CIAT is primarily funded through the annual contributions of member countries and associate members.
CIAT also generates revenues through the provision of technical assistance and virtual training services.
There is a schedule to determine the annual contributions of the various member countries, with 7 different amounts depending on the different Gross Domestic Product (GDP) brackets of member countries.
Member countries are placed in the contributions table based on the GDP information reported annually in the International Monetary Fund Report.
The United States and Panama had a special contribution amount set, which is not related to the various categories in the table. In the case of Panama, the country where the Executive Secretariat is based, a annual in-kind contribution is added.
Member country contributions are adjusted annually based on the US inflation rate for the previous calendar year, as reported in the annual International Monetary Fund Report.
There are two membership categories in CIAT –member countries and associate member countries.
CIAT member countries are all those countries of the Americas that partook in the Center’s foundation process and which subsequently signed CIAT’s Chart of Incorporation in the Assembly held in Panama in 1967. CIAT currently has 38 member countries and associate member countries from four continents: 31 countries of the Americas, 5 European countries, 1 African country and 1 Asian country. India is an associate members.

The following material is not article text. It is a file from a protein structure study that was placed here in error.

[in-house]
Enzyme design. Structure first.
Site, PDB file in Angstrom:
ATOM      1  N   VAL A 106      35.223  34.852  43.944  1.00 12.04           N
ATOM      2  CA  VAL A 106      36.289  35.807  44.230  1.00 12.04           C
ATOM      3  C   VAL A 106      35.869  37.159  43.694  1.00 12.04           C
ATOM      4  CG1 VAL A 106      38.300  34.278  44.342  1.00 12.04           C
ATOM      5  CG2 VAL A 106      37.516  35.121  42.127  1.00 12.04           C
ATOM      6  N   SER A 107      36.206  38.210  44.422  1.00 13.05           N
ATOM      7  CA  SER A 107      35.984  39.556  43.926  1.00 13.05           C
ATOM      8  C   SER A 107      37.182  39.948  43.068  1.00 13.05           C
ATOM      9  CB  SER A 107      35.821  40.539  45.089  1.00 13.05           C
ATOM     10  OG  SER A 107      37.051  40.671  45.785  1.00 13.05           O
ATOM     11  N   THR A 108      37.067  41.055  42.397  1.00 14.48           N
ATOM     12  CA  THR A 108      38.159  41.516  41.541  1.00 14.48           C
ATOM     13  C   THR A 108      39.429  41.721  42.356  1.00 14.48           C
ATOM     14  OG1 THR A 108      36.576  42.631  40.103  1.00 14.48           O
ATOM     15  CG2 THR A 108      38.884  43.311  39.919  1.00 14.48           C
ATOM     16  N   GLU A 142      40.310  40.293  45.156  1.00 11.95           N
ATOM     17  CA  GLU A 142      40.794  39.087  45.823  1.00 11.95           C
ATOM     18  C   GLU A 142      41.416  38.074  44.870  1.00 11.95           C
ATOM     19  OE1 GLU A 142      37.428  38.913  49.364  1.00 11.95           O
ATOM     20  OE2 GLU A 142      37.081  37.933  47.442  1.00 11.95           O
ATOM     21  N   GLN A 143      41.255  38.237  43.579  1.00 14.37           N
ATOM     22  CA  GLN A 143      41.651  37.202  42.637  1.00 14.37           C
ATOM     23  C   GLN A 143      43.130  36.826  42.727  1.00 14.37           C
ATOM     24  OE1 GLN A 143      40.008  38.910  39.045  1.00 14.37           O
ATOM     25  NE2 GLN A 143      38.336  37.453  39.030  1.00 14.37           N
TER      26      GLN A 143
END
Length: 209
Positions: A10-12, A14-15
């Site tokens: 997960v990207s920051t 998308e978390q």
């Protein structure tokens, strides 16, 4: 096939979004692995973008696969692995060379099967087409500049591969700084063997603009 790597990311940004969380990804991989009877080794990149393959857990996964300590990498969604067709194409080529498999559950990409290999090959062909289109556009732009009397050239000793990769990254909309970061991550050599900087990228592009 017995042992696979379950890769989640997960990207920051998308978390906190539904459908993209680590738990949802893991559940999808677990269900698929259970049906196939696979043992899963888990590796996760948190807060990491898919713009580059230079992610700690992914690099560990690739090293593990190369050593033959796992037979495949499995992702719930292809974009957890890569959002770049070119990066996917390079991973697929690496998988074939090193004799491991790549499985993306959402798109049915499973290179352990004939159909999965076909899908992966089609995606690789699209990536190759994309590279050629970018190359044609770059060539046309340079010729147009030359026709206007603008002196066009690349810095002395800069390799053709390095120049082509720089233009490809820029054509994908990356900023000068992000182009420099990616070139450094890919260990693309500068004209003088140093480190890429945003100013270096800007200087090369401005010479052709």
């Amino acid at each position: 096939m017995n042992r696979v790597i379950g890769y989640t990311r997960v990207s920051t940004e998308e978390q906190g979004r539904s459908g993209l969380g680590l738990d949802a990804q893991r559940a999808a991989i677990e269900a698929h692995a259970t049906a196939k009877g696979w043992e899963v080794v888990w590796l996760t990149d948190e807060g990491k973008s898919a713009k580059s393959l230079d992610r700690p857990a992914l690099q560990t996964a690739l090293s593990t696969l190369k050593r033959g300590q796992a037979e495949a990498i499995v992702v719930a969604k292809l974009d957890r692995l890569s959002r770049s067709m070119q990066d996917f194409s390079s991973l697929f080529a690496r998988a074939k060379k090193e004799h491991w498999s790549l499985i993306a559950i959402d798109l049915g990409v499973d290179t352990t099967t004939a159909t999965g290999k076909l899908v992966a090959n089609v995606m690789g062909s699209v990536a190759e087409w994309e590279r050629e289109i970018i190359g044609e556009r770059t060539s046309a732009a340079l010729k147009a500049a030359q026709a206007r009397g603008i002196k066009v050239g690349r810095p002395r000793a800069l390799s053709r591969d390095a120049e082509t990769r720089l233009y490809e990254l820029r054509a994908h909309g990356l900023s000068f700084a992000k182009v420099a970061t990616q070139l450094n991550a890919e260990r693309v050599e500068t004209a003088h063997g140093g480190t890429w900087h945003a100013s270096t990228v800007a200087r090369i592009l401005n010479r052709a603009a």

CIAT’s associate member countries remain under such status for a five-year period, after which they can choose to become full members, with the prior approval of the General Assembly.
Associate member countries have the same rights as full members regarding the availability of information and services provided by CIAT, but they have a voice only during General Assemblies and they cannot be Executive Council members.
The General Assembly holds an annual meeting bringing together the representatives of member countries and associate member countries in an Administrative Session to:
a. Elect the President and other Executive Council members.
b. Review Financial Report for the year.
c. Approve Budget for the following year.
d. Approve Report of Activities Performed.
e. Give opinion on Work Program for the following year.
f. Determine the amount of annual contributions and/or other forms of contribution from member countries and associate member countries.
The General Assembly or the Executive Council may call a special session if needed.
CIAT’s Executive Council consists of two types of Council Members –ex officio or statutory members (3 including the President) and elected members (6).
In this regard, CIAT’s Bylaws establish as follows:
“The Executive Council will consist of a President and eight Councilors.
The President will be the representative of the member country in which the Assembly is held or, if the latter is held in a non-American country, the representative of the country of the Americas designated by the General Assembly.
In case of temporary absence or definitive withdrawal of the Council President, his substitute must be chosen from among the representatives of the member countries that comprise the Council.
The outgoing President or whoever replaces him in his capacity as representative of his country and the representative of the member country organizing the next Assembly will be the ex officio Councilors.
The remaining six (6) Councilors will be elected by the Assembly for a two-year period, with only one of them being a representative from a non-American member country. Renewal will take place annually by halves.”